NBA Draft: Good Decisions
Draft Decisions: Good, Bad and Everything In-Between
The deadline for underclassmen to declare for the Draft has long passed, but the fun part is just beginning. Those who haven’t signed with an agent are eligible to return to school, while others are already picking out their suits for Draft Night. Patrick Patterson is the first big name who entered the Draft but has returned to school. As is usually the case, the list of remaining underclassmen includes some…how should I put this…interesting names. How many people watched Texas A&M this year and thought Chinemelu Elonu was a future NBA player? Or that two players from DePaul, who went 0-18 in the Big East, would feel they were NBA-ready?
So without further ado, here’s a look at some of the decisions made by players, ranging from the good to the bad to the bizarre.
• Blake Griffin, Oklahoma. This was a no-brainer. The consensus top pick should have an immediate impact in the league, and has All-Star potential.
• Hasheem Thabeet, UConn. Again, another obvious choice. Thabeet has the ability to contribute right away on the defensive end, and will likely be a top-3 selection.
• James Harden, Arizona State. Harden stumbled during the NCAA Tournament, but that shouldn’t diminish his terrific year. Harden isn’t a high-flying athlete, but he always seems to end up in the right spot, and he knows how to put the ball in the basket. He’s demonstrated a high basketball IQ, and is a level-headed kid who teams can market. He’s likely to be a top-5 selection.
• BJ Mullens, Ohio State. While Mullens didn’t set the world on fire during his freshman year, he still possesses the physical traits that make scouts drool, mainly size and athleticism. While there’s no doubt he needs time to develop, he’s a first-round lock and will be cashing some large checks next year.
• DeMar DeRozan, USC. Like Mullins, DeRozan had an underwhelming freshman year, although he really came on at the end of the year. DeRozan still needs some polish on his game, but his combination of athleticism and size will land him a spot in the lottery.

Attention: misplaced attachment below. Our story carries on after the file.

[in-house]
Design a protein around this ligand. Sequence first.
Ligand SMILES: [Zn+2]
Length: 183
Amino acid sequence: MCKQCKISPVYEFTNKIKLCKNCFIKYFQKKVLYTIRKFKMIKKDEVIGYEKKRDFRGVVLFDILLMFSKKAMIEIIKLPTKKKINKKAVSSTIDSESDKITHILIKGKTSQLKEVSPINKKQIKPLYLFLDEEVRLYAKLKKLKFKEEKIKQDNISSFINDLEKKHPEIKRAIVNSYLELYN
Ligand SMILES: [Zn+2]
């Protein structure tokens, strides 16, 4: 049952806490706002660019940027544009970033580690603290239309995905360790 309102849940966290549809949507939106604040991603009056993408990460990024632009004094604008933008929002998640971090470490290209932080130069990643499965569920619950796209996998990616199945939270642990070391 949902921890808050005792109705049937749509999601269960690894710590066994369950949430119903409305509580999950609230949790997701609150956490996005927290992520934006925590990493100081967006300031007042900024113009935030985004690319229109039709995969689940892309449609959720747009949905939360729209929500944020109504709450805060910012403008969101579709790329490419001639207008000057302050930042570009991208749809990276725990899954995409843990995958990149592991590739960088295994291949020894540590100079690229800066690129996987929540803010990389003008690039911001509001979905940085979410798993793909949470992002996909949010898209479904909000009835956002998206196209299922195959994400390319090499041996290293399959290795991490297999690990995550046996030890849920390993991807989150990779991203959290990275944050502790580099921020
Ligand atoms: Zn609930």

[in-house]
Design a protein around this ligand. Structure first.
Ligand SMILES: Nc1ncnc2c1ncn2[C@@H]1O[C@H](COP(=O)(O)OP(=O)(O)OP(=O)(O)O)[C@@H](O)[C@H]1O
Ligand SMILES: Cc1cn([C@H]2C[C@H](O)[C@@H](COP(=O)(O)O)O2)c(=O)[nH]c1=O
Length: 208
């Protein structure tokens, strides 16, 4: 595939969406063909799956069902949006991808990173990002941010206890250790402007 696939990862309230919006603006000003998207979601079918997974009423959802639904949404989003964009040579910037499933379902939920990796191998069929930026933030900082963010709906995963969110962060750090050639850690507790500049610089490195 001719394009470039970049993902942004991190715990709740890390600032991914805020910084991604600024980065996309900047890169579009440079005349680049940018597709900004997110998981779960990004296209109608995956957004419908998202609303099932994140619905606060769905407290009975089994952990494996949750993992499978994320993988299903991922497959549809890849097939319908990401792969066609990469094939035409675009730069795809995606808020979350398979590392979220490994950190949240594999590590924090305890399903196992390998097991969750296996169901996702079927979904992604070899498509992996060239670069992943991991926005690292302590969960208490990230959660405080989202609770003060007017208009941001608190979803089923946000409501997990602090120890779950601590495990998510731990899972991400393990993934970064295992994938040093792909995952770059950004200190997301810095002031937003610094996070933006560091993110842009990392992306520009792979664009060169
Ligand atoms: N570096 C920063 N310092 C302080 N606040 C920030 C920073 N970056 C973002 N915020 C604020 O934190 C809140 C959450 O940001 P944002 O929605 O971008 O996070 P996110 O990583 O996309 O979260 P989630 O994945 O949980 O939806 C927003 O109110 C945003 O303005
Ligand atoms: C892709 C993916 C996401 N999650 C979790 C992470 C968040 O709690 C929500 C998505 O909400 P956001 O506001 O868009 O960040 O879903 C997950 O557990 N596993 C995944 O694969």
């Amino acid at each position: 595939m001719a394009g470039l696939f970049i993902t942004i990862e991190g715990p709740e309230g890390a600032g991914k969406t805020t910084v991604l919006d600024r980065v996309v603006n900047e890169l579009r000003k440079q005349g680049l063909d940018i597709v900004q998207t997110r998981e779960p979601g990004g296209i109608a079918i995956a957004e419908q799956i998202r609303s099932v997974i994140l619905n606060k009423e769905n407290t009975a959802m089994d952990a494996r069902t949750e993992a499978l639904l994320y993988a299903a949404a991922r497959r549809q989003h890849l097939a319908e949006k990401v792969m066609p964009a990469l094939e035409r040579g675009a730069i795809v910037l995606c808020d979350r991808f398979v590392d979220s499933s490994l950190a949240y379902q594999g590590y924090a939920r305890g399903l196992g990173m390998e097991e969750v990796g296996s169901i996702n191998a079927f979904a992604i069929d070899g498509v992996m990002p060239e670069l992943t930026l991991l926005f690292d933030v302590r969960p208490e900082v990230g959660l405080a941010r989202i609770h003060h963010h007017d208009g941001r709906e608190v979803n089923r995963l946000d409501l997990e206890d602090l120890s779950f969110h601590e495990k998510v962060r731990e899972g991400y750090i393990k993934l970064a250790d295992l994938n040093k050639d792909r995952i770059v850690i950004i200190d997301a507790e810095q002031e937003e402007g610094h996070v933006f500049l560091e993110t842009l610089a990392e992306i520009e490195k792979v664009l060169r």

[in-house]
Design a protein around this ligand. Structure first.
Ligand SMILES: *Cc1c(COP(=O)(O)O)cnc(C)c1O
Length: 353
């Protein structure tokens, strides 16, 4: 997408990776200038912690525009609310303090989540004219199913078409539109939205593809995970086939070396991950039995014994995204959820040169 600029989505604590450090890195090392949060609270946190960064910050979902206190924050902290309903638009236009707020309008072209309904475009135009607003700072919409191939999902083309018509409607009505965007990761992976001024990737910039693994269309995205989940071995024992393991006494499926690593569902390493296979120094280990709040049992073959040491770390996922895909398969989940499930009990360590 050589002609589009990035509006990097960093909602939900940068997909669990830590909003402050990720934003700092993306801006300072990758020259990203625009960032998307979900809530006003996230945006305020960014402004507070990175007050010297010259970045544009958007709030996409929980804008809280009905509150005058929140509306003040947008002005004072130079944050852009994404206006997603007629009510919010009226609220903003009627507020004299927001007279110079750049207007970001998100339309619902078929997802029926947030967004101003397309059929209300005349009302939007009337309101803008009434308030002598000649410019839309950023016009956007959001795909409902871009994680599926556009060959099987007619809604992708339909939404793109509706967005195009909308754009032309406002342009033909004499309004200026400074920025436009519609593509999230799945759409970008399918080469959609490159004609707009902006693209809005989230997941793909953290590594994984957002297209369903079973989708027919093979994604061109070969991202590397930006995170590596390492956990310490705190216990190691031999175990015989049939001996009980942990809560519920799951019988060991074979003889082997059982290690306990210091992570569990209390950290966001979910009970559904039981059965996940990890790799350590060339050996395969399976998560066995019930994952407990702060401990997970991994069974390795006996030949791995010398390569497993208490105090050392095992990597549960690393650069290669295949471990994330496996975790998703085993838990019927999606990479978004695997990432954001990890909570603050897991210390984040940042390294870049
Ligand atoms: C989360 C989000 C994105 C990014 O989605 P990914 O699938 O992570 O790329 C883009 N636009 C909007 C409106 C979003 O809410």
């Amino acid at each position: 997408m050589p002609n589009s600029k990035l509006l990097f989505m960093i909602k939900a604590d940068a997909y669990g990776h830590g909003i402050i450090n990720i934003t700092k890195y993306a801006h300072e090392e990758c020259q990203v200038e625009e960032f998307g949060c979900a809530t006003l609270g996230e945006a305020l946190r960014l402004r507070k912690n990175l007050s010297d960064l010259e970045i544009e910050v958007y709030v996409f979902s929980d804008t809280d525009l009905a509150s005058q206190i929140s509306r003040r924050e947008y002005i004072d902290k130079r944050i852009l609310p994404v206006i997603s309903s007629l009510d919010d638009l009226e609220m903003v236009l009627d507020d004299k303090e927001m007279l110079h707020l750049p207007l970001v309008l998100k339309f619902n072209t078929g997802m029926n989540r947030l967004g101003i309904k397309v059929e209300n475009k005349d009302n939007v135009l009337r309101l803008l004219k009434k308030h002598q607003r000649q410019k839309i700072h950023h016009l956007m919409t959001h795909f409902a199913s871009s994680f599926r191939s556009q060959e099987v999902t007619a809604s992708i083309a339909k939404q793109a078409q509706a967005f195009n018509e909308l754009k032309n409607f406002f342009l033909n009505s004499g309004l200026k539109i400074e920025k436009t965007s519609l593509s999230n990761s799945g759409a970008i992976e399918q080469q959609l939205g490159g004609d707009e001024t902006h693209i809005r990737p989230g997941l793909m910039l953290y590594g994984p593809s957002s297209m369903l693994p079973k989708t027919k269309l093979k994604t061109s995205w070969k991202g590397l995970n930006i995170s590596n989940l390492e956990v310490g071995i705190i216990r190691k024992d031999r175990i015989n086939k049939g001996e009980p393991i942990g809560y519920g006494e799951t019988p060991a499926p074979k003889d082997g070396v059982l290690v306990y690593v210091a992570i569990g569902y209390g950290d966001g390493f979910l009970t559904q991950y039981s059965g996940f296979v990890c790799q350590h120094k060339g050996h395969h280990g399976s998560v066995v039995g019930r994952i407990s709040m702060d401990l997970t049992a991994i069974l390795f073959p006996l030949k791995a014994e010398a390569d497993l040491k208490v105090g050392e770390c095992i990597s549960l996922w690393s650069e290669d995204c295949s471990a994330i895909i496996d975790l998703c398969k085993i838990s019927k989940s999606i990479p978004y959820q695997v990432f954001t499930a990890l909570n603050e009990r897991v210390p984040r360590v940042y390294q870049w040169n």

• Ty Lawson/Wayne Ellington, North Carolina. Both players have some physical limitations that scare scouts, but they’re both entering the draft with plenty of buzz after leading the Tar Heels to the national title. Both players are proven winners who answered plenty of doubters through the year, and likely wouldn’t have improved their stock much by returning to school.
• DeJuan Blair, Pittsburgh. While not a prototypical big man, Blair is also striking while the iron is hot, after leading Pitt to one of their best seasons ever. With the Panthers already losing seniors Sam Young and Levance Fields, opponents likely would have been able to key on Blair next year, which could have hurt his stock.
• Chase Budinger/Jordan Hill, Arizona. Both players have endured plenty of drama in Tucson, and as a result, have shown their character and maturity. Hill, who has improved dramatically, could be a top-5 pick, while Budinger has gradually addressed his weaknesses and could climb into the late lottery.
• James Johnson, Wake Forest. While the Deacons went out on a sour note, Johnson still has scouts buzzing about his potential. A terrific athlete from the small forward position, Johnson is a match-up nightmare when he’s focused. A likely top-10 selection.
>> Continue to Part Two: Bad & Questionable Decisions